|Recording and Using Indigenous Knowledge: A Manual (IIRR, 1996, 211 p.)|
|Part 1 Indigenous knowledge and development|
The following characteristics of local systems can influence the outcome of development projects:
- Most local people arc generalists
They tend to know a little about many things. This contrasts with academia, where people tend to be specialists, knowing a great deal about a few things. That said, some local people are specialists (see Who knows what? on previous page).
- IK systems are holistic
Local people face a set of interrelated problems and they often attempt to solve them by applying their knowledge in a holistic way. For instance, a farmer might view her farm as a whole rather than as a set of relatively separate enterprises. Her decisions about one enterprise might be affected by her knowledge and perceptions of other parts of the farm or environment. The relationships between the parts and the reasoning behind decisions might not be easily discernible to an outsider.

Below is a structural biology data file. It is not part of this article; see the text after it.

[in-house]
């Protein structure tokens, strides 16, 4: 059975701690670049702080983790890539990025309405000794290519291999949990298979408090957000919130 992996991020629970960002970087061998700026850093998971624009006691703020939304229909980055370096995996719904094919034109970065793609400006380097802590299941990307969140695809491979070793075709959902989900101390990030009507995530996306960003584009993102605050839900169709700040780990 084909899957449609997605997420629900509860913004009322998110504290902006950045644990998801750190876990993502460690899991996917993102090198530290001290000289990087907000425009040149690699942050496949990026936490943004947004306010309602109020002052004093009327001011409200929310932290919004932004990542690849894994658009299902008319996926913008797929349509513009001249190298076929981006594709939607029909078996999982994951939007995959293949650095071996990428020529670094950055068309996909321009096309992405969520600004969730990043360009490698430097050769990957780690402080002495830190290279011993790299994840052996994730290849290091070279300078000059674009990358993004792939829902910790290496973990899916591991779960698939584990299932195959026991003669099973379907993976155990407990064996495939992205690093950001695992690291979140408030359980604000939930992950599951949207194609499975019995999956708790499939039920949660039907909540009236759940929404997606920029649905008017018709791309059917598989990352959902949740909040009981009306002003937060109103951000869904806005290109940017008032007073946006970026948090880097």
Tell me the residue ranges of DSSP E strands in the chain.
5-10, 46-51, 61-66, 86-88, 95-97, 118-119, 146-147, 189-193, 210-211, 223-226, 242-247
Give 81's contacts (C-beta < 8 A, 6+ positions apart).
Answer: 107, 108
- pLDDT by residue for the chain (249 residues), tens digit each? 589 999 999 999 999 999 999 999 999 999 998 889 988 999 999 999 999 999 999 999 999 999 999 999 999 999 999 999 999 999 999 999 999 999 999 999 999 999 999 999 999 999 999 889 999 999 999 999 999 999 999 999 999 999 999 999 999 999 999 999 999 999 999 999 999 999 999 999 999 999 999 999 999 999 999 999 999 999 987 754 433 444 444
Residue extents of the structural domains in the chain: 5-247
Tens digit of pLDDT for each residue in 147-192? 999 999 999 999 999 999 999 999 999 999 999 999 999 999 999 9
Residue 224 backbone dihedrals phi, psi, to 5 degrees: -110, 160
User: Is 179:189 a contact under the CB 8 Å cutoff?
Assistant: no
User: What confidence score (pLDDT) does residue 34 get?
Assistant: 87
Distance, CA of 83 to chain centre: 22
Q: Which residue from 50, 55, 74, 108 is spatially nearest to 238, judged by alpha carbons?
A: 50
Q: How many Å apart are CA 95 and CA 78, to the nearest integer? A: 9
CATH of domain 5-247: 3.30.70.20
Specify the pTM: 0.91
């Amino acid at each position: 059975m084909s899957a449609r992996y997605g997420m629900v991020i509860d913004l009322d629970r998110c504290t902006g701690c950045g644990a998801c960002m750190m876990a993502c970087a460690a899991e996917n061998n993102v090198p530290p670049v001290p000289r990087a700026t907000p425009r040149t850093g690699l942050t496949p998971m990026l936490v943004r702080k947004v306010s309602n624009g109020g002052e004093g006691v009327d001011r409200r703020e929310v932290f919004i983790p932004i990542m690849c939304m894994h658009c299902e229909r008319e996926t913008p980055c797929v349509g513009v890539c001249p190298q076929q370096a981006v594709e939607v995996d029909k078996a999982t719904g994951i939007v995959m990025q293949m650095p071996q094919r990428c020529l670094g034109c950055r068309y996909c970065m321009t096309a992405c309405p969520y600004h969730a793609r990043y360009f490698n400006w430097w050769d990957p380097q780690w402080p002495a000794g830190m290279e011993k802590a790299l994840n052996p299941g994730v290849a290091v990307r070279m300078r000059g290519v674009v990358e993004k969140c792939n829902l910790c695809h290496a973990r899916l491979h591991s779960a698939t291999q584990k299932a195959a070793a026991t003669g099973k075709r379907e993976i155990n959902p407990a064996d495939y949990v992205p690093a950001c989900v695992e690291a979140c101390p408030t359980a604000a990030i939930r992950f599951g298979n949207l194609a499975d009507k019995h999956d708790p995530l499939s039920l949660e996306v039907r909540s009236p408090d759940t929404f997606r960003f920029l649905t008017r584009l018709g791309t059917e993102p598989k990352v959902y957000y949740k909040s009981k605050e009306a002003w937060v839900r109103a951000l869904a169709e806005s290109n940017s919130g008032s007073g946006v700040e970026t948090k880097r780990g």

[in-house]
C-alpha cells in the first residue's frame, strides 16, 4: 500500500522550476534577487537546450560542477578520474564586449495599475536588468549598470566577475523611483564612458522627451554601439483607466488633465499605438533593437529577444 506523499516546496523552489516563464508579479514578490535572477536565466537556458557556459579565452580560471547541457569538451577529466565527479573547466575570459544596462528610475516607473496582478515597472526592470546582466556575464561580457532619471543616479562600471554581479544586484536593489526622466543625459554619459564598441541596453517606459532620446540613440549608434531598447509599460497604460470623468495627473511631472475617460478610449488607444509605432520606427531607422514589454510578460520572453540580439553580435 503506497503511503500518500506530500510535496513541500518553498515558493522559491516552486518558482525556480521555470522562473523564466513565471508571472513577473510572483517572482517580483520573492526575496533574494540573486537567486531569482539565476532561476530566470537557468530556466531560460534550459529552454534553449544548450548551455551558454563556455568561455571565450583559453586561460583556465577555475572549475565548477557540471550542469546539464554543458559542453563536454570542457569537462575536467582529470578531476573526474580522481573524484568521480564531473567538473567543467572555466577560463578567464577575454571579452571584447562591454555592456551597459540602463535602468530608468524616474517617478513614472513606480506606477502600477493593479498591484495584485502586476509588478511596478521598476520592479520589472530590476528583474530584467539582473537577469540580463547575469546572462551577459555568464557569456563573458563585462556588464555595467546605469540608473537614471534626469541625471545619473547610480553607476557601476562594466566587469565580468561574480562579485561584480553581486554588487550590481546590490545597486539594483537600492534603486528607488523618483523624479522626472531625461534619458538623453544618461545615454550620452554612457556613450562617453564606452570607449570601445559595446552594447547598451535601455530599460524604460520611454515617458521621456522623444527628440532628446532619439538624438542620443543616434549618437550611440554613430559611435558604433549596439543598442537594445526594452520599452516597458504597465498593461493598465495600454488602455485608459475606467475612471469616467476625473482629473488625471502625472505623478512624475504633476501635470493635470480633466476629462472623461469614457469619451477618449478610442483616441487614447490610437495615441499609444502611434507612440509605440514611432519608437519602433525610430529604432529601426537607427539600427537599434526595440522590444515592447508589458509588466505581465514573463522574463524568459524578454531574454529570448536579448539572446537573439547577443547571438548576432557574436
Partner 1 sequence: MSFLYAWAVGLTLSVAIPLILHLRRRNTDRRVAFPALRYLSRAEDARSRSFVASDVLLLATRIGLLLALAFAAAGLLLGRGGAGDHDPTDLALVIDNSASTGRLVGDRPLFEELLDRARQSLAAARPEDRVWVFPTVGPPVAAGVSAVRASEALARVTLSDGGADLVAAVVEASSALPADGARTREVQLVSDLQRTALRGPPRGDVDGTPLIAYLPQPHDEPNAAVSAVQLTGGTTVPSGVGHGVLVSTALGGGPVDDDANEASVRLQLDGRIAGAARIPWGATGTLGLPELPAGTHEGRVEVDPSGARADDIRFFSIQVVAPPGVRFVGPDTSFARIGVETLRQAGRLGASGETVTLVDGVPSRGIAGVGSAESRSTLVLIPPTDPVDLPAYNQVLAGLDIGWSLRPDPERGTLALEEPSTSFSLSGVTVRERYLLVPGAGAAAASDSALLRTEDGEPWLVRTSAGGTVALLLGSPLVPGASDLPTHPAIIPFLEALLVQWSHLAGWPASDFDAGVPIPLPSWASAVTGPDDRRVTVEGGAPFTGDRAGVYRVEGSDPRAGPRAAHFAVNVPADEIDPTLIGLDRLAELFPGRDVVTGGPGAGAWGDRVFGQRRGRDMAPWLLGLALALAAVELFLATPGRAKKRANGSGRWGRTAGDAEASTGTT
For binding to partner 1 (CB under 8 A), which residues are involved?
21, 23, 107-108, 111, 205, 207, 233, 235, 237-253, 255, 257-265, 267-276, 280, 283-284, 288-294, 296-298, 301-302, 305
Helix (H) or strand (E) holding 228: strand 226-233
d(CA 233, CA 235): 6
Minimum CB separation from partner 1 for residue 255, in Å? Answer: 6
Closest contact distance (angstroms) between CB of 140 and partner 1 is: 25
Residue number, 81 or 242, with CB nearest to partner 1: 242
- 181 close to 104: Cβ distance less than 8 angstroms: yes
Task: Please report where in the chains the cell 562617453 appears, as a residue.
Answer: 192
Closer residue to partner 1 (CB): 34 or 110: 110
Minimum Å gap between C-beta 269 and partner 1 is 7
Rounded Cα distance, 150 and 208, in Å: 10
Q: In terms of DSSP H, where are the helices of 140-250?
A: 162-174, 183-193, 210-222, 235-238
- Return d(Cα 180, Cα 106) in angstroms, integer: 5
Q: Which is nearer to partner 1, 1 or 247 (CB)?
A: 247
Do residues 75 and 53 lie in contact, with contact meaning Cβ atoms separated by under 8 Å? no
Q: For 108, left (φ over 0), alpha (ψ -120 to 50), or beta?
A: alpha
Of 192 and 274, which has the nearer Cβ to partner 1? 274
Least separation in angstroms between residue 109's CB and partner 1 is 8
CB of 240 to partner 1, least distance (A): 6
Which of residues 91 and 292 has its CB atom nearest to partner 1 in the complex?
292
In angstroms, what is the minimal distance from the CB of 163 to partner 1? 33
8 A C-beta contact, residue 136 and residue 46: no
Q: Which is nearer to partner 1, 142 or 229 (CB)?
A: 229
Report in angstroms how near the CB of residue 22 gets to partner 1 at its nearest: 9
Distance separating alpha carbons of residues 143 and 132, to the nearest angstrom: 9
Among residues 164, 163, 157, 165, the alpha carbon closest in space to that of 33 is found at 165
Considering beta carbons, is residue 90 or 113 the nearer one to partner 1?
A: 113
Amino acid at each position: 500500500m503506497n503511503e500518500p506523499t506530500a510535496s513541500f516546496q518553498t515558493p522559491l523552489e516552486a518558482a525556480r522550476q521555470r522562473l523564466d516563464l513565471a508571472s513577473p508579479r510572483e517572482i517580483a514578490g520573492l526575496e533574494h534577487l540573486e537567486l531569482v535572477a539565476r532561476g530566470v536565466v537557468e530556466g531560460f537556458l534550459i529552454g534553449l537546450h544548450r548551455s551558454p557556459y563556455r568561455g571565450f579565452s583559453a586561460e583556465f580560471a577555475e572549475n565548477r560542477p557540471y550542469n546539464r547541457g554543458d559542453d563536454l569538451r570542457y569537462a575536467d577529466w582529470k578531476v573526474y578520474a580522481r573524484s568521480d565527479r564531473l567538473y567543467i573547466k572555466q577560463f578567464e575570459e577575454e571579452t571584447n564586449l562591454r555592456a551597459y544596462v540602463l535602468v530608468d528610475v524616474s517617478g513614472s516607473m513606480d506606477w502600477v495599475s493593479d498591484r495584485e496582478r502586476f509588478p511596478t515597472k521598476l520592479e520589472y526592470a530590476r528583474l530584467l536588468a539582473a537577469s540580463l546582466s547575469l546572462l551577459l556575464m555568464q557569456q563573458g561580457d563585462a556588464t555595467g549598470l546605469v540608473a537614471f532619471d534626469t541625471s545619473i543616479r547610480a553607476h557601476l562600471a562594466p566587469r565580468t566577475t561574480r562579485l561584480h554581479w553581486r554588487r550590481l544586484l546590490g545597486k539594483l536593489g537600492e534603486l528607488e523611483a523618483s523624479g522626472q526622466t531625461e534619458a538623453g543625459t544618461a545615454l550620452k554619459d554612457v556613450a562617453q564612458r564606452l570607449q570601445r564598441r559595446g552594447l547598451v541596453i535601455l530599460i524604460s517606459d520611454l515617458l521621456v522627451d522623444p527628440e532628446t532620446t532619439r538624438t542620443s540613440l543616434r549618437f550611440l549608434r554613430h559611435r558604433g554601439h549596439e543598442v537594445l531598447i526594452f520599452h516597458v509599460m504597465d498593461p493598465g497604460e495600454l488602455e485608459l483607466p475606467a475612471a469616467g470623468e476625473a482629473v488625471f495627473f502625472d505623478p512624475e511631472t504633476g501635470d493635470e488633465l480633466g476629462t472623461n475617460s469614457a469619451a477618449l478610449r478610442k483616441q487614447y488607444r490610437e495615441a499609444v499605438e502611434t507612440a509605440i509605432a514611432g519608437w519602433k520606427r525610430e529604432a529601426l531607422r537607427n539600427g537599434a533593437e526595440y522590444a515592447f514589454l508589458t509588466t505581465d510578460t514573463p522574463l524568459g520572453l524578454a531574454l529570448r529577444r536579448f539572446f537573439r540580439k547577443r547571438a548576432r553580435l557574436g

- IK systems integrate culture and religion
Religion is an integral part of IK and cannot necessarily be-separated from technical knowledge. Religious beliefs and superstitions might be an important influence on what people do and how ready they are to accept new practices. Trying to change an undesirable practice might be difficult because it is rooted in deeply held beliefs that underlay many other aspects of the culture.
- IK systems minimize risk rather than maximize profit
Avoiding risk is important for local people. For instance, a farmer might keep a few goats as a form of savings, a source of ready cash in case a child falls ill Since the goats are not a source of regular income, the farmer will try to keep feed costs and labor low, rather than try to optimize meat and milk production. Another farmer might have several small fields in different locations as a hedge against pest damage. This rules out higher yields from mechanization, but pests are less likely to wipe out the entire crop.